jueves, 3 de julio de 2014

Second 4,000 year old timber circle revealed (United Kigndom)

In the late 1990s two remarkable Bronze Age timber circles were discovered on Holme Beach, Norfolk (south-east England). One of these popularly known as – ‘Seahenge‘ – was excavated in 1998 and 1999.
Since the excavations the second circle has been monitored and evidence of damage by coastal processes has been recorded. In the last year dendrochronological (tree ring) dating has shown the timbers used to build this circle – ‘Holme II’ – were felled in the spring or summer of 2049 BCE, exactly the same time as those used to build ‘Seahenge’ and places the construction of both circles early in the Bronze Age.

Linked to burial rites

The tree ring dating project carried out over the past year provides further proof that the construction of the two 4,000 year old Bronze Age monuments must have been directly linked and in some way related to burial rites.
Although the second ancient circle was discovered at the same time as the famous ‘Seahenge’ it was never excavated, but left intact in it’s original coastal location. Exposed to the elements of sea and weather, it periodically reappears. Hover your mouse over the image to see the circle revealed

Dated to exact year of construction

Over the last 15 years, its gradual erosion has been closely monitored and recorded while dendrochronology tests were carried out in order to collect important information before it was lost forever. The project also means that the two timber circles are the only ones in the country to have been dated precisely by dendrochronology and to the exact year that they were constructed.

The architecture of a ritual space

It should first be explained that neither of these monuments are in fact henges. A henge specifically features a ring bank with the ditch on the inside. These circular monuments are better described as circular timber enclosures.
When first fully revealed by the sea ‘Holme II’ – was made up of four distinct elements. At its centre were two oak logs laid flat. These were surrounded by an oval of oak posts with oak branches woven between them. On the eastern side of the monument there was an arc of split oak timbers. Surrounding all the other elements was an outer palisade of split oak timbers, with the timbers set side-by-side.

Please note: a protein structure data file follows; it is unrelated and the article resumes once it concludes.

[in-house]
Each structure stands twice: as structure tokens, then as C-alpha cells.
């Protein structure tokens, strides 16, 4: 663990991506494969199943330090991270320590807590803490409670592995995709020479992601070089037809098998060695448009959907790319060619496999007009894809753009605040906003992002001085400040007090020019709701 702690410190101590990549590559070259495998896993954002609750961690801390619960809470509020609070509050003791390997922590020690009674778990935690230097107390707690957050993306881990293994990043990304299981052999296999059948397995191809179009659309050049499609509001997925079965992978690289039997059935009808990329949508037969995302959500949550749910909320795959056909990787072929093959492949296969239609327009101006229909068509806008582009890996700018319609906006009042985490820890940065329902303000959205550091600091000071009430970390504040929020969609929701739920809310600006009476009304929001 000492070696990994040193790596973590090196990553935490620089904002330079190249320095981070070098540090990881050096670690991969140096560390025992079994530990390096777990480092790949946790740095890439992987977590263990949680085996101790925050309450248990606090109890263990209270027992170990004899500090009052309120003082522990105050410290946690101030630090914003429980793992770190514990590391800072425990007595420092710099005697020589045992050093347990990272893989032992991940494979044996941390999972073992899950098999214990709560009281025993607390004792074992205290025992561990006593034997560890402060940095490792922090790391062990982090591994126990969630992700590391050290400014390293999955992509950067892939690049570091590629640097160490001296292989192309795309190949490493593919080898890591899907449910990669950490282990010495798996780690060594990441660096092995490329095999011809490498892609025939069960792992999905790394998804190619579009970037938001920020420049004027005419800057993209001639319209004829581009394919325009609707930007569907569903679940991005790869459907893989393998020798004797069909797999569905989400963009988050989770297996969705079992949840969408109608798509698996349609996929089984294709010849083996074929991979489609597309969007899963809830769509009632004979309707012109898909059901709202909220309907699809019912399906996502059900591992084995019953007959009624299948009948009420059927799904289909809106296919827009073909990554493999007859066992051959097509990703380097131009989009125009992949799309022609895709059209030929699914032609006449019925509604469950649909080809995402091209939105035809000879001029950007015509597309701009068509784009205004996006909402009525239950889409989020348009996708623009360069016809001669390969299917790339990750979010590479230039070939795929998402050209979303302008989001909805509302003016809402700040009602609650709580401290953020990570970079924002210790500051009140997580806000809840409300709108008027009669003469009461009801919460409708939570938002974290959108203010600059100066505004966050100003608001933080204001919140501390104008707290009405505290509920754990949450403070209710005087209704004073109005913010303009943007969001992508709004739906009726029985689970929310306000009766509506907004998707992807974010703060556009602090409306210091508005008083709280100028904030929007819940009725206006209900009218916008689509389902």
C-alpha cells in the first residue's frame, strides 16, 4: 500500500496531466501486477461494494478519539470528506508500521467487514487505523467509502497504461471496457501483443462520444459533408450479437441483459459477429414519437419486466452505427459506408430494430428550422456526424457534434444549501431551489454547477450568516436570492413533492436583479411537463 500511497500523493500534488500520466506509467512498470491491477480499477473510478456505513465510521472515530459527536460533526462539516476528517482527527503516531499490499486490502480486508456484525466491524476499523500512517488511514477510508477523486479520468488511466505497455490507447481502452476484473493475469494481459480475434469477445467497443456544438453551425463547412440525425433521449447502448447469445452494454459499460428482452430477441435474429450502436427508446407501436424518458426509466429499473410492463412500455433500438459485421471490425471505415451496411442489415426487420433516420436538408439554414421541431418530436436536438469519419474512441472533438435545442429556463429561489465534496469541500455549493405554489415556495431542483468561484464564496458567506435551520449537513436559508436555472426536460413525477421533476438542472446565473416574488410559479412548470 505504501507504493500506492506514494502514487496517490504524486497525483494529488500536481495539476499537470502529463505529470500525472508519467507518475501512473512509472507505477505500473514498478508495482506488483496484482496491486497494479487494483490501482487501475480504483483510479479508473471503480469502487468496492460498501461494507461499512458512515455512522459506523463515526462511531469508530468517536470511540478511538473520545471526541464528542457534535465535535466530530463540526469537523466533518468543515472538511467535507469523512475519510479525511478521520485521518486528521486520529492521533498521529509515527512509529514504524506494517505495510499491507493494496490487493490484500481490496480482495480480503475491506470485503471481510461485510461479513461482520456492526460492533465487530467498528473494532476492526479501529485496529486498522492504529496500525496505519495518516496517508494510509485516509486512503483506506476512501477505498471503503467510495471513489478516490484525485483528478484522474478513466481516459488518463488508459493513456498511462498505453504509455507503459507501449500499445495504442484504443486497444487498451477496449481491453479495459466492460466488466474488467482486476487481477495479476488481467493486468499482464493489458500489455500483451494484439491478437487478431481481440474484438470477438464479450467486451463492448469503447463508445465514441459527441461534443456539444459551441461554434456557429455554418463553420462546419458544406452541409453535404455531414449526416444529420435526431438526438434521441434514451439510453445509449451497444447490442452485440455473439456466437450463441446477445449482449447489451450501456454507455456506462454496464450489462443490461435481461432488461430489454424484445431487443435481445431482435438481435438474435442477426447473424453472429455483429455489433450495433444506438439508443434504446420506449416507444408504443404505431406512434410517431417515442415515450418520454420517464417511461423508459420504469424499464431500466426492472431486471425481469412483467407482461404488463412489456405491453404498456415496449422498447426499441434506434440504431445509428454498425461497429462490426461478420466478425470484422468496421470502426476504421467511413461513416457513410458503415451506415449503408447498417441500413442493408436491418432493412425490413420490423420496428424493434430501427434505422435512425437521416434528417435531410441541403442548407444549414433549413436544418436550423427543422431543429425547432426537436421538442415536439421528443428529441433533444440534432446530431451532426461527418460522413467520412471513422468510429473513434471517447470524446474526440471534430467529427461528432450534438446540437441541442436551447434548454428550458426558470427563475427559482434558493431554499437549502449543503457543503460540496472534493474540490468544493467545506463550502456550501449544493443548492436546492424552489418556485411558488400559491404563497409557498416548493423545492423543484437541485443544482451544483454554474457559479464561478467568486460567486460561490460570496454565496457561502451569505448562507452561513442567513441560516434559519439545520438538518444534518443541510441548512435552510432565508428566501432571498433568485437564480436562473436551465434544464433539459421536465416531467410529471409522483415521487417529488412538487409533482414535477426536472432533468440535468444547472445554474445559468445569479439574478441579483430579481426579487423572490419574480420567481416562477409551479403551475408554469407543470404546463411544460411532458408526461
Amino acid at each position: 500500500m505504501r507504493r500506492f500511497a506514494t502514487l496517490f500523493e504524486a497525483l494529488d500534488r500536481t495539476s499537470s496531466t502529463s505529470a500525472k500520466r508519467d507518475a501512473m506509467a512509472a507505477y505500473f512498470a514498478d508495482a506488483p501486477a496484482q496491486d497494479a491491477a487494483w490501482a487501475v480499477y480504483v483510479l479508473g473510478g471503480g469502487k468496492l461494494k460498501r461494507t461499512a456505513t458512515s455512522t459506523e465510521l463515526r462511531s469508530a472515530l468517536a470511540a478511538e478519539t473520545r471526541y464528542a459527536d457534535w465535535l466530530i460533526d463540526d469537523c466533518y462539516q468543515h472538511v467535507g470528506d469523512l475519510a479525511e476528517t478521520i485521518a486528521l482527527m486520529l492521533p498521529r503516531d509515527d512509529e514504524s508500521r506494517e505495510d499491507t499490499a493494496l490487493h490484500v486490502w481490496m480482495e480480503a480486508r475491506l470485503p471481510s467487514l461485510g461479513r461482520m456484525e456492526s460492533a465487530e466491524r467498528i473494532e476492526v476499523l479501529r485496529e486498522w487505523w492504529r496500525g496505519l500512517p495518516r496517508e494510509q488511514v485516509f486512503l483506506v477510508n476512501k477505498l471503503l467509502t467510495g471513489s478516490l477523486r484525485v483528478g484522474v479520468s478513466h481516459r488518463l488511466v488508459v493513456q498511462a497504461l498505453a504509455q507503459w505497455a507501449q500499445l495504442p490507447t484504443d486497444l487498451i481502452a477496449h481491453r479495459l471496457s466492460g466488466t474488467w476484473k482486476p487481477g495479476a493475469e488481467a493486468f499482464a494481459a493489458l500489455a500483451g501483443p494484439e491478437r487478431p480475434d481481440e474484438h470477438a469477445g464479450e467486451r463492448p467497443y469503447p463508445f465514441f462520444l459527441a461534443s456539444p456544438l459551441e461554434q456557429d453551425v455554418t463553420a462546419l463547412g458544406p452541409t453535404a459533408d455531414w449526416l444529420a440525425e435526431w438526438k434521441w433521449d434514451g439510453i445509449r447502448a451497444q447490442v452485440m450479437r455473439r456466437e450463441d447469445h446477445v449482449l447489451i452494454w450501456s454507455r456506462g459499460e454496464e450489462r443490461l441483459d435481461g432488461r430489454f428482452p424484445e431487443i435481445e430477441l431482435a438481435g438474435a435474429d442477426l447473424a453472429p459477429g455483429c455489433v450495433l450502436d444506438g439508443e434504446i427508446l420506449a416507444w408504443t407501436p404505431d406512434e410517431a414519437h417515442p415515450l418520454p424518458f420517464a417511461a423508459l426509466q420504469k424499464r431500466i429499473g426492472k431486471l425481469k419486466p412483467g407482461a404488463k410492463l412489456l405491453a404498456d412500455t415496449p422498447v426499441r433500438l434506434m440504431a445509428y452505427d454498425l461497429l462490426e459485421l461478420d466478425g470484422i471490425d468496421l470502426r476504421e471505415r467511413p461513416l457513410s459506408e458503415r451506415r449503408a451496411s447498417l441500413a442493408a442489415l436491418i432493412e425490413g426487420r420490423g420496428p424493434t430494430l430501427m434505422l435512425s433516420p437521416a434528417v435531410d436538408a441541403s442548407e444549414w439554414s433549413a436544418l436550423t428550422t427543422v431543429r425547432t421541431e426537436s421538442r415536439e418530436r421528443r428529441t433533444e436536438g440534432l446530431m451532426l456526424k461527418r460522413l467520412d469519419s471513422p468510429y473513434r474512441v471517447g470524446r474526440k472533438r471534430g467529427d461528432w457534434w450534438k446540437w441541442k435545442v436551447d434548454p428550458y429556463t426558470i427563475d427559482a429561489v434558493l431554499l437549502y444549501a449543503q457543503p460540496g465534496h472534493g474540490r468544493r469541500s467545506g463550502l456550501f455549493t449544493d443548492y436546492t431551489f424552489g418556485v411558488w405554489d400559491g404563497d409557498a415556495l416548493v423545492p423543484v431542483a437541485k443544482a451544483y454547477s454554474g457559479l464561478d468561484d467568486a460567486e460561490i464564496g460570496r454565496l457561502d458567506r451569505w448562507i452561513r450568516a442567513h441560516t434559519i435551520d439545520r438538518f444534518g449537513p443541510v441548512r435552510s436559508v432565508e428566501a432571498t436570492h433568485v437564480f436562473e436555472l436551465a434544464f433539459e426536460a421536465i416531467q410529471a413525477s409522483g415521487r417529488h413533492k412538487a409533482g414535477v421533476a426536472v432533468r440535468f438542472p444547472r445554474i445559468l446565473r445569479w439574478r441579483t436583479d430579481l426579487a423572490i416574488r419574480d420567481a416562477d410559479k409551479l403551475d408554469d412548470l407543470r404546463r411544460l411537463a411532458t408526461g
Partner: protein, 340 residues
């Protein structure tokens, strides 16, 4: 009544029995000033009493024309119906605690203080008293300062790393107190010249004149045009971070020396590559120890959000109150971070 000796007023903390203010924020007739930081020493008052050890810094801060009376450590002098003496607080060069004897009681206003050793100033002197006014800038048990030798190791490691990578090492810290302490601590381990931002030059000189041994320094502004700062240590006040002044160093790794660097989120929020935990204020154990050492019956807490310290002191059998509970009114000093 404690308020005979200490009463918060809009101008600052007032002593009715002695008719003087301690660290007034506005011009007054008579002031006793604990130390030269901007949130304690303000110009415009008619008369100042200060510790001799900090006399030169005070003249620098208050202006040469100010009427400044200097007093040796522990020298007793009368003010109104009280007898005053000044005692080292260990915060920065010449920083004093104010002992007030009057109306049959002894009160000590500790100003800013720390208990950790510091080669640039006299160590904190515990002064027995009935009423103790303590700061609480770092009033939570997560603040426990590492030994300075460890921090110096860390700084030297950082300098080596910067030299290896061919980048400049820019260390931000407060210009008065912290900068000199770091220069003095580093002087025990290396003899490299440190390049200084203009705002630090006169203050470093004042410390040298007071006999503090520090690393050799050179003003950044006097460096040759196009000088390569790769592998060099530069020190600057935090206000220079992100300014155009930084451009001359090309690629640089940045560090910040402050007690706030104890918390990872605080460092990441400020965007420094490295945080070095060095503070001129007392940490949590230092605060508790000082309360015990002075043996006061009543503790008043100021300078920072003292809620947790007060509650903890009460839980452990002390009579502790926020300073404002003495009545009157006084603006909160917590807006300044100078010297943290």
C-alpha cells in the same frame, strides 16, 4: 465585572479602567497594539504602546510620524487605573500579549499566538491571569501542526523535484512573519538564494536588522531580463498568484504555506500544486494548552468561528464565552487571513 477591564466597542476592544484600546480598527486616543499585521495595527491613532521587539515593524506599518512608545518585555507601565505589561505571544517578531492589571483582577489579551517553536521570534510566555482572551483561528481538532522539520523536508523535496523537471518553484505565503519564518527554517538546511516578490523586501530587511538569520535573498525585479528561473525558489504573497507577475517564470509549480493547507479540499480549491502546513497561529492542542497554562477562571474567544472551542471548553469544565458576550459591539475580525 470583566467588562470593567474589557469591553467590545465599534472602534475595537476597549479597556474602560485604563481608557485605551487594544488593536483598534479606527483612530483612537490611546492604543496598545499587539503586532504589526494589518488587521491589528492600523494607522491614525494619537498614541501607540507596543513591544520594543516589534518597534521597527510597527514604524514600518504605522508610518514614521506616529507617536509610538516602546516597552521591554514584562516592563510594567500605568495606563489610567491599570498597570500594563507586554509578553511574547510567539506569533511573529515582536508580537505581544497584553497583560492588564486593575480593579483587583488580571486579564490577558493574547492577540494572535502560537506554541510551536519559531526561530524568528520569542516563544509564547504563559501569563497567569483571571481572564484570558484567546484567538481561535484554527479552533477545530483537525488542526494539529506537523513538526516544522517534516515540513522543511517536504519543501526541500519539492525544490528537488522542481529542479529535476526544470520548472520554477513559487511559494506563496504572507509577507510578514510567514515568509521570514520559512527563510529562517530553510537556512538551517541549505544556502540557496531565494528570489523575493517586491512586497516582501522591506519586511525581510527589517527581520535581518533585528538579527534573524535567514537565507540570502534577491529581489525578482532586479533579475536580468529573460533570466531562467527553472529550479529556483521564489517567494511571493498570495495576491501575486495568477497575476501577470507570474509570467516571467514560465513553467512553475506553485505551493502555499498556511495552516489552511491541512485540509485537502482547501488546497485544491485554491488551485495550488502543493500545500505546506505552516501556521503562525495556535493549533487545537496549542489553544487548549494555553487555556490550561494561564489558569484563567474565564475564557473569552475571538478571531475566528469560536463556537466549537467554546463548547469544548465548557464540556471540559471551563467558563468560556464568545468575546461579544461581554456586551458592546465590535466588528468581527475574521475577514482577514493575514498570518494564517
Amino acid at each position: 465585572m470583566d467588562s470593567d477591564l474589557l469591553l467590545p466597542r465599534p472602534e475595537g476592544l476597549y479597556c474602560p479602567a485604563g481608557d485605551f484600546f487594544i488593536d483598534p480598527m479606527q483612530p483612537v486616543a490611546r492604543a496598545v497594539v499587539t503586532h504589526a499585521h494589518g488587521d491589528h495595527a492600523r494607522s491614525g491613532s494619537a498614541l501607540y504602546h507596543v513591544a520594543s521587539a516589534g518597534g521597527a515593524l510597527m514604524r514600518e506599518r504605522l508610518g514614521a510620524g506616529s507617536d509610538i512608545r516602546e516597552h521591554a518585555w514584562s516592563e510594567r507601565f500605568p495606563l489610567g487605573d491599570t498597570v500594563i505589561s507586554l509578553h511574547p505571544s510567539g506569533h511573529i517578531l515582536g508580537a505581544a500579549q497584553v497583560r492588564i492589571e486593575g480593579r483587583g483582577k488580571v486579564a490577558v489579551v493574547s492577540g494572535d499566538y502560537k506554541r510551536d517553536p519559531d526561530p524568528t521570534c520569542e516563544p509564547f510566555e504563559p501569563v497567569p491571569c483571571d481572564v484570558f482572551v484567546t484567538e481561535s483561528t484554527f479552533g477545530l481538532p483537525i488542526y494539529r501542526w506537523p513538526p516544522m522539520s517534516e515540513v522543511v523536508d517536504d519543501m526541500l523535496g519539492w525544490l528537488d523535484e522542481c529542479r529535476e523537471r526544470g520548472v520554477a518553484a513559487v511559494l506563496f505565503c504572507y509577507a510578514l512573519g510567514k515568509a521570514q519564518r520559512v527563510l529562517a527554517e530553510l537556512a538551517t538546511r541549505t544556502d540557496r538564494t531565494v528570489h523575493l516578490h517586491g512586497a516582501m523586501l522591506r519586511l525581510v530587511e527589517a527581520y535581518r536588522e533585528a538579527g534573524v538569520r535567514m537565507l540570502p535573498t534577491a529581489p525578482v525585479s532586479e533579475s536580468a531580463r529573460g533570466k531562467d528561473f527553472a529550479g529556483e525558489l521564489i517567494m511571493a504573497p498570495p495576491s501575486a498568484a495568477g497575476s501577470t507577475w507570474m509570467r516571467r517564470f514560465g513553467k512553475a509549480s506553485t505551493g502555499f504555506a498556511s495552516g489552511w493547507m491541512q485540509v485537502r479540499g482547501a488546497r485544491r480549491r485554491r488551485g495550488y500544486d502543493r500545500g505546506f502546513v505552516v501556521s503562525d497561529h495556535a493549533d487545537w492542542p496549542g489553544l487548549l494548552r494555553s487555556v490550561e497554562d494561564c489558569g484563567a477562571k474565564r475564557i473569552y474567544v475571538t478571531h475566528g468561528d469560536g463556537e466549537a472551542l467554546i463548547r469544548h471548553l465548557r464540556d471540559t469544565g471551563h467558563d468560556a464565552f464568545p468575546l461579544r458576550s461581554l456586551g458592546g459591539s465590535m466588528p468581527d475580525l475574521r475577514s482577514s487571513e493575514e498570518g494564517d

Since 1999 coastal processes have damaged the second circle. By 2003 all the woven oak branches had been lost and in October 2003 one of the central logs was washed away. The second central log was dislodged by the sea in March 2004. From 1999 to May 2005 and between December 2010 and December 2013 the sediments around the palisade timbers were gradually eroded, leading to the exposure of more of the circle’s timbers. This erosion and the loss of timbers prompted the dating project.
The scientific research project on the ancient timbers was carried out by Norfolk County Council’s Historic Environment Service, funded by English Heritage and undertaken with the agreement of site managers Norfolk Wildlife Trust and owners the Le Strange Estate.

A burial mound?

David Robertson, Historic Environment Officer at Norfolk County Council who ran the ‘Holme II’ dating project said: “The reasons why the second circle was built are not clear, but it may have formed part of a burial mound. The two central logs may originally have supported a coffin. The oval of posts and woven branches could have hidden the coffin from view before a mound was added, with the outer palisade acting as a revetment for the base of the mound.”
“As the timbers used in both timber circles were felled at the same time, the construction of the two monuments must have been directly linked. Seahenge is thought to have been a free standing timber circle, possibly to mark the death of an individual, acting as a cenotaph, symbolising death rather than the actual location for burial. If part of a burial mound, the second circle would have been the actual burial place.”

Dating Seahenge
Dendrochronological evidence provided by Cathy Groves on ‘Holme I’ (Seahenge), indicated that the trees had to have been felled in either 2454 BCE, 2049 BCE or 2019 BCE whilst radiocarbon displayed a date range of between 2200 BCE and 2000 BCE for their felling. Using the Bayesian estimation however, an English Heritage team led by Dr Alex Bayliss combined the dendrochronological and radiocarbon dates to reveal that the trees had been felled in the year 2049 BCE. Now, the second circle has been dated to exactly the same year, the connection is absolute and presents an intriguing window into ritual and belief in the early Bronze Age.
3-D imaging allowed archaeologists to measure the exact axe curvature and width of each blade that had made a cut in the timber on ‘Holme I’ revealing that 59 different ones had been used. This indicates major community involvement in the construction of the two monuments.
It is hoped the project results will be published in full in the near future.

Preservation and Loss

‘Seahenge’ is currently undergoing conservation treatment at the Mary Rose Centre in Portsmouth. When this work is completed, the treated timbers will be displayed in the refurbished Lynn Museum in King’s Lynn, Norfolk, from early 2008. Treatment of the timbers takes some time and it is anticipated that the large central tree stump will not be ready for display for some years. Consideration is therefore being given to producing a replica of the stump until conservation on the original timber has been completed.
‘Holme II’ will one day be completely lost to the elements, as the tides rise over this coastal site.

Source: Past Horizons: http://www.pasthorizonspr.com/index.php/archives/07/2014/second-4000-year-old-timber-circle-revealed

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